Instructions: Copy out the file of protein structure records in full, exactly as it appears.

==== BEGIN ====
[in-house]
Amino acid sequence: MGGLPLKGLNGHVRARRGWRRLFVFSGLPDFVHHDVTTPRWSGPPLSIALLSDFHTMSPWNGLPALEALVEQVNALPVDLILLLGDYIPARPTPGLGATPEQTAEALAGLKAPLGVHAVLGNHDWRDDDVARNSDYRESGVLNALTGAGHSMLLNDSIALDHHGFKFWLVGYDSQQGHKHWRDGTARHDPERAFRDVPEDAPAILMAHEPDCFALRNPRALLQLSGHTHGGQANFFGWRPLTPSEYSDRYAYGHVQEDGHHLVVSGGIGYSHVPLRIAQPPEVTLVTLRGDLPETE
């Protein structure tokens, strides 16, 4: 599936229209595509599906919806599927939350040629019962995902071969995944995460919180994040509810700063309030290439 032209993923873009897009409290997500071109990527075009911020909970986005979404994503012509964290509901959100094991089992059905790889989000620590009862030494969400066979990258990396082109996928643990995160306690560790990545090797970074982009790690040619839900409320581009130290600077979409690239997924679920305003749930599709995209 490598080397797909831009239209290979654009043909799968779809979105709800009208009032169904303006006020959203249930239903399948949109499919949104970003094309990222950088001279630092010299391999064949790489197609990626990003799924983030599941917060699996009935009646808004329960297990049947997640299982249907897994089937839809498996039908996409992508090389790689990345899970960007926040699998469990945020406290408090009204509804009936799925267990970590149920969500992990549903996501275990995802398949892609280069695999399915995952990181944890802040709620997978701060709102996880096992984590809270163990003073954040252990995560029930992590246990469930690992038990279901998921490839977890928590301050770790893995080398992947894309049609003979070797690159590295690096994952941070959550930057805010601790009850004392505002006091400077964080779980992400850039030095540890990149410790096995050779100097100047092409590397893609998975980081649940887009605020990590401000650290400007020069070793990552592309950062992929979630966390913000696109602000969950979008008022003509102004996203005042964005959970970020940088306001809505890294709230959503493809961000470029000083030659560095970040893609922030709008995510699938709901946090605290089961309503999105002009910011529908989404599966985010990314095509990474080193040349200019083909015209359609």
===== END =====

[in-house]
Amino acid sequence: MGGLPLKGLNGHVRARRGWRRLFVFSGLPDFVHHDVTTPRWSGPPLSIALLSDFHTMSPWNGLPALEALVEQVNALPVDLILLLGDYIPARPTPGLGATPEQTAEALAGLKAPLGVHAVLGNHDWRDDDVARNSDYRESGVLNALTGAGHSMLLNDSIALDHHGFKFWLVGYDSQQGHKHWRDGTARHDPERAFRDVPEDAPAILMAHEPDCFALRNPRALLQLSGHTHGGQANFFGWRPLTPSEYSDRYAYGHVQEDGHHLVVSGGIGYSHVPLRIAQPPEVTLVTLRGDLPETE
């Protein structure tokens, strides 16, 4: 599936229209595509599906919806599927939350040629019962995902071969995944995460919180994040509810700063309030290439 032209993923873009897009409290997500071109990527075009911020909970986005979404994503012509964290509901959100094991089992059905790889989000620590009862030494969400066979990258990396082109996928643990995160306690560790990545090797970074982009790690040619839900409320581009130290600077979409690239997924679920305003749930599709995209 490598080397797909831009239209290979654009043909799968779809979105709800009208009032169904303006006020959203249930239903399948949109499919949104970003094309990222950088001279630092010299391999064949790489197609990626990003799924983030599941917060699996009935009646808004329960297990049947997640299982249907897994089937839809498996039908996409992508090389790689990345899970960007926040699998469990945020406290408090009204509804009936799925267990970590149920969500992990549903996501275990995802398949892609280069695999399915995952990181944890802040709620997978701060709102996880096992984590809270163990003073954040252990995560029930992590246990469930690992038990279901998921490839977890928590301050770790893995080398992947894309049609003979070797690159590295690096994952941070959550930057805010601790009850004392505002006091400077964080779980992400850039030095540890990149410790096995050779100097100047092409590397893609998975980081649940887009605020990590401000650290400007020069070793990552592309950062992929979630966390913000696109602000969950979008008022003509102004996203005042964005959970970020940088306001809505890294709230959503493809961000470029000083030659560095970040893609922030709008995510699938709901946090605290089961309503999105002009910011529908989404599966985010990314095509990474080193040349200019083909015209359609």